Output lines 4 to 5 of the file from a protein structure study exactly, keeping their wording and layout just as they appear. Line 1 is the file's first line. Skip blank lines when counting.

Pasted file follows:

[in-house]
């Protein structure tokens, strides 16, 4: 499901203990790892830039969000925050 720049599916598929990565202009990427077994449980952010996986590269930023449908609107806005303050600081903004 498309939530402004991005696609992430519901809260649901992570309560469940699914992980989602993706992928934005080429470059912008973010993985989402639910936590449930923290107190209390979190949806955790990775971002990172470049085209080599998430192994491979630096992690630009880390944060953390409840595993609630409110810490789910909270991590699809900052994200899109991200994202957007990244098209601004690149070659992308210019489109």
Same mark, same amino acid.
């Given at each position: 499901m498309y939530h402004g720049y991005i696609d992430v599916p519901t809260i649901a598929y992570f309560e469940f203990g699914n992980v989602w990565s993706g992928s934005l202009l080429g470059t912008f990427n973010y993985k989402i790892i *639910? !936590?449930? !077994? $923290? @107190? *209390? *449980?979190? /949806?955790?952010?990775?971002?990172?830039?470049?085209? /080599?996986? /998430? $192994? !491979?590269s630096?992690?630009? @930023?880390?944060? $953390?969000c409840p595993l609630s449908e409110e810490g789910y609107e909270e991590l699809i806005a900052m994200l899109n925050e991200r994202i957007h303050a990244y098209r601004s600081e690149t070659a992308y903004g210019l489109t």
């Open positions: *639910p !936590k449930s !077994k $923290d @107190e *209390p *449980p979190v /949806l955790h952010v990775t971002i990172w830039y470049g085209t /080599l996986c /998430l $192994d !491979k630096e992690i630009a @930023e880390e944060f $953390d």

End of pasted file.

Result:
């Given at each position: 499901m498309y939530h402004g720049y991005i696609d992430v599916p519901t809260i649901a598929y992570f309560e469940f203990g699914n992980v989602w990565s993706g992928s934005l202009l080429g470059t912008f990427n973010y993985k989402i790892i *639910? !936590?449930? !077994? $923290? @107190? *209390? *449980?979190? /949806?955790?952010?990775?971002?990172?830039?470049?085209? /080599?996986? /998430? $192994? !491979?590269s630096?992690?630009? @930023?880390?944060? $953390?969000c409840p595993l609630s449908e409110e810490g789910y609107e909270e991590l699809i806005a900052m994200l899109n925050e991200r994202i957007h303050a990244y098209r601004s600081e690149t070659a992308y903004g210019l489109t």
């Open positions: *639910p !936590k449930s !077994k $923290d @107190e *209390p *449980p979190v /949806l955790h952010v990775t971002i990172w830039y470049g085209t /080599l996986c /998430l $192994d !491979k630096e992690i630009a @930023e880390e944060f $953390d």